To solve Australia's mental health crisis,
we must address trauma
90% of public mental health service consumers have experienced one or more incidents of trauma.
About the mental health crisis in Australia
Trauma and severe stress are known to trigger, exacerbate, and in some cases cause other mental illnesses which can have devastating impacts on a person’s relationships, employment and physical health. It causes changes to the brain which effects how we think, process emotions and behave.
- 4 million Australians are affected by mental ill-health
- Two-thirds receive no care whatsoever
- Every 8 minutes someone will attempt suicide
Trauma can occur anytime a person experiences more emotion than they are able to handle during events or experiences perceived as life-threatening, creating an intense experience of fear, horror or powerlessness.
Many Australians have experienced trauma
- One in three women and one in six men will be sexually abused before the age of 16 (Fergusson and Mullen, 1999)
- 79.9% of people diagnosed with depression have suffered some form of trauma. (Moskvina, Farmer, Swainson, et al. 2007)
- Child sexual abuse has been found to be a key factor in the cause and continuation of youth homelessness (Van Loon and Kralik, 2005).
- Up to 85% of sufferers of eating disorders have been sexually abused (Everett and Gallop 2001)
- 61% of adults have experienced at least one “Adverse Childhood Experience” a term used to describe all types of abuse, neglect, and other potentially traumatic experiences that occur to people in childhood.
- 80% of alcoholics at treatment centres have suffered child abuse. (Odyssey House, 1998)
- 82% to 86% of people with bipolar disorder have reported child sexual abuse (Zanarini, Young, Frankenburg, et al., 2002)
- 91% of Borderline Personality Disorder (BPD) patients report childhood abuse. (Zanarini, 1997)
- 92% of heroin addicts and 94% of amphetamine users have suffered trauma (NARDC, 2004)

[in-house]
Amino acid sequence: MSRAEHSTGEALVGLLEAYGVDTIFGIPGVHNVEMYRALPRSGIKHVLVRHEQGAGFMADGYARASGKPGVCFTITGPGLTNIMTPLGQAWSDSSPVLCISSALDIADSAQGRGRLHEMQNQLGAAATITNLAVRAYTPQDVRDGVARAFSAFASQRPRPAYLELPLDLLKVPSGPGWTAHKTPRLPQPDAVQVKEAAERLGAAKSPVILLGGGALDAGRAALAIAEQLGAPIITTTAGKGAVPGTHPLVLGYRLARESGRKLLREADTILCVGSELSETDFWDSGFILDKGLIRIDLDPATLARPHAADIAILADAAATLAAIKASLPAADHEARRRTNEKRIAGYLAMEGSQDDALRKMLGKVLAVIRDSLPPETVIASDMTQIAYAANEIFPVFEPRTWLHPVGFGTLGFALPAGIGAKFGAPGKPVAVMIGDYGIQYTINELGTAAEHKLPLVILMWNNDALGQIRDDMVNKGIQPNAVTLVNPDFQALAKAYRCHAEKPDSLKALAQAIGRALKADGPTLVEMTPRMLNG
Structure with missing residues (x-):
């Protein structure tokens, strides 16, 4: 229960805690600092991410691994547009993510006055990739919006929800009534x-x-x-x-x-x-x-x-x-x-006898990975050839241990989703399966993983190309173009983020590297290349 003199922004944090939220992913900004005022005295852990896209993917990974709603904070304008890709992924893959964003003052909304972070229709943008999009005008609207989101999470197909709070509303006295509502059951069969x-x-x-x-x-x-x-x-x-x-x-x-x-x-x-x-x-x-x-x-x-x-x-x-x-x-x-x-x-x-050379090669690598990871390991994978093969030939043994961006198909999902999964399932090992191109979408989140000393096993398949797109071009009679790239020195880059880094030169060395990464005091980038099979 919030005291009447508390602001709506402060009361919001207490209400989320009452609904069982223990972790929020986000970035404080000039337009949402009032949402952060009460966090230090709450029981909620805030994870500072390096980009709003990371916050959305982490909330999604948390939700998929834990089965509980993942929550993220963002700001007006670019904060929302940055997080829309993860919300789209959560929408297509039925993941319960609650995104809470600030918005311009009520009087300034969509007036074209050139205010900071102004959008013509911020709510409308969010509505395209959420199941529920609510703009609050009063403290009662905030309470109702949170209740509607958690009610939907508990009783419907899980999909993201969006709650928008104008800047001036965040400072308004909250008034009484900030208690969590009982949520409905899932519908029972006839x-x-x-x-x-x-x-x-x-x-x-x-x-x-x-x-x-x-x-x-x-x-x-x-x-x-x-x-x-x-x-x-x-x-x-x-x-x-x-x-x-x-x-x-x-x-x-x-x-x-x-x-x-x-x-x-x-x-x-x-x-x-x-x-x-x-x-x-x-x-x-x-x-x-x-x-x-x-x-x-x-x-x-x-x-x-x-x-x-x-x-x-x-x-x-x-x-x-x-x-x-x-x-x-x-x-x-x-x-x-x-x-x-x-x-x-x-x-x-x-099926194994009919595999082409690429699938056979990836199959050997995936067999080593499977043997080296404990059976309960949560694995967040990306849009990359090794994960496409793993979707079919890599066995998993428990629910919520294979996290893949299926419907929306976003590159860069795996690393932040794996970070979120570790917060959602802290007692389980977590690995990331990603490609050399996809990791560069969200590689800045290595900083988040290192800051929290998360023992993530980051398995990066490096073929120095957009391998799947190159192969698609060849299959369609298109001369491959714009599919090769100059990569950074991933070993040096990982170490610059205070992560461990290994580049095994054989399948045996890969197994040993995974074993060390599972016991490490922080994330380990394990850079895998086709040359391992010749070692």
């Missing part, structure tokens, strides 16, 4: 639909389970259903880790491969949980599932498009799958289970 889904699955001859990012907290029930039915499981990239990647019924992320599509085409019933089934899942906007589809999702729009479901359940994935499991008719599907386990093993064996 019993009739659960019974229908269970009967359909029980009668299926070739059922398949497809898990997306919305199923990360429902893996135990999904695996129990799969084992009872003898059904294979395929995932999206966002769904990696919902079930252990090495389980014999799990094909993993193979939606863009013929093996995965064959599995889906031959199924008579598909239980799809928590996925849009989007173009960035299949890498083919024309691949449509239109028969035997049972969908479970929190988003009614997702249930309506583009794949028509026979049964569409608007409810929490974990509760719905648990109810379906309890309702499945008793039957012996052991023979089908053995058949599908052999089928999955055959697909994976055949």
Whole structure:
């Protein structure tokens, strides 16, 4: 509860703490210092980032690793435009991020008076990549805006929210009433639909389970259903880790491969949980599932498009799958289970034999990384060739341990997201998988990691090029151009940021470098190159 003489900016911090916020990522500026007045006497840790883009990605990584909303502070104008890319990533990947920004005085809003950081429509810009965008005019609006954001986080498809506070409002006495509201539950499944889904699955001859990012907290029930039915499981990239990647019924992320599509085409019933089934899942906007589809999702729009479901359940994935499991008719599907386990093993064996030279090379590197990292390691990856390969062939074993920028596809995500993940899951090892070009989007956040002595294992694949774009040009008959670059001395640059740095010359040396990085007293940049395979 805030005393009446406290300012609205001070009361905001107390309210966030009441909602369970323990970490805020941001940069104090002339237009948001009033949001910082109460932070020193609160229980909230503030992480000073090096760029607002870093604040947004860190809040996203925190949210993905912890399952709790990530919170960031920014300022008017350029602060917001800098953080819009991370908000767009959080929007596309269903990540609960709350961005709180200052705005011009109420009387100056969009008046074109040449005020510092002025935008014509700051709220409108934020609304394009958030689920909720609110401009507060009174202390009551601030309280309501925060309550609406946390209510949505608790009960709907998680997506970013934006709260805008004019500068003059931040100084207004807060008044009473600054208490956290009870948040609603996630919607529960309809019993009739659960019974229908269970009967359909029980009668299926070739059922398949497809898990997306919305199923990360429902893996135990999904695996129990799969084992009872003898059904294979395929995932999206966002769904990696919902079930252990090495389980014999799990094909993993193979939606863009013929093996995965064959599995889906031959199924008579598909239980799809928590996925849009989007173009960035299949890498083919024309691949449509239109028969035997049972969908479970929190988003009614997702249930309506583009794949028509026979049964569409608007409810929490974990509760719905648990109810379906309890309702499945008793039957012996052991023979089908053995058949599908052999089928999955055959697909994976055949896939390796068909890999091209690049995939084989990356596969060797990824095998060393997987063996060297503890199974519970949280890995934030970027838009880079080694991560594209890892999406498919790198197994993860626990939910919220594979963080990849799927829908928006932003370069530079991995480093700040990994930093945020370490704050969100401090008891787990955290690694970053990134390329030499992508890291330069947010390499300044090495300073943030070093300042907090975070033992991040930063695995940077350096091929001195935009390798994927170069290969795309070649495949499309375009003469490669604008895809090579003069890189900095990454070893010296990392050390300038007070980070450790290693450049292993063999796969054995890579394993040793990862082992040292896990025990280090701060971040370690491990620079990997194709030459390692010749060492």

- 68.8% of psychiatric in-patients have suffered from child sexual or physical abuse (Read, van Os, Morrison, and Ross, 2005)
Over 20 years, 8574 adults and children
have attended our programs across Australia, the UK and the Philippines
96% of participants report the program was ”life-changing” or “very positive”
Independently evaluated to improve mental health, relationship and employment outcomes
Our program has been independently evaluated to achieve the following results:
6 months after a 5-day healing week
- Highly statistically significant improvements in guest anxiety and depression scores
- Improved scores on every quality of life dimension
- 63% of people with a severe mental health disorder (K10) are no longer in the severe risk category
- Addiction problems reduced from 29% to 16%.
4 years after a 5-day healing week
- Highly statistically significant improvements in depression and anxiety scores
- 88% of guests reported that the healing week had a positive effect on their lives
- Rate of employment increased from 37% to 48%
- People on government benefits decreased from 37% to 22%
Volunteering helps deepen the healing outcome
Since 1999, Heal For Life has trained over 500 Peer Support Volunteers. The Heal For Life program effectiveness rests in our peer support model. Here, survivors who are successfully healing from childhood trauma provide support to others starting out on their journey.
The University of Newcastle has written an article on the experiences of our Peer Support Volunteer Model.
Pathways to employment
The Heal For Life Peer Support Program provides a pathway to employment for survivors in the mental health sector where they can use their their lived experience of trauma and training to support other survivors in a professional capacity.
We are currently undertaking research to determine the impact of the program and find out how many peer support volunteers have since gone on to careers in mental health.
Change someone's life. Sponsor a survivor today.
We can work with you or your organisation to sponsor placements for those who need it most and ensure your money makes a difference to the survivor groups you care about.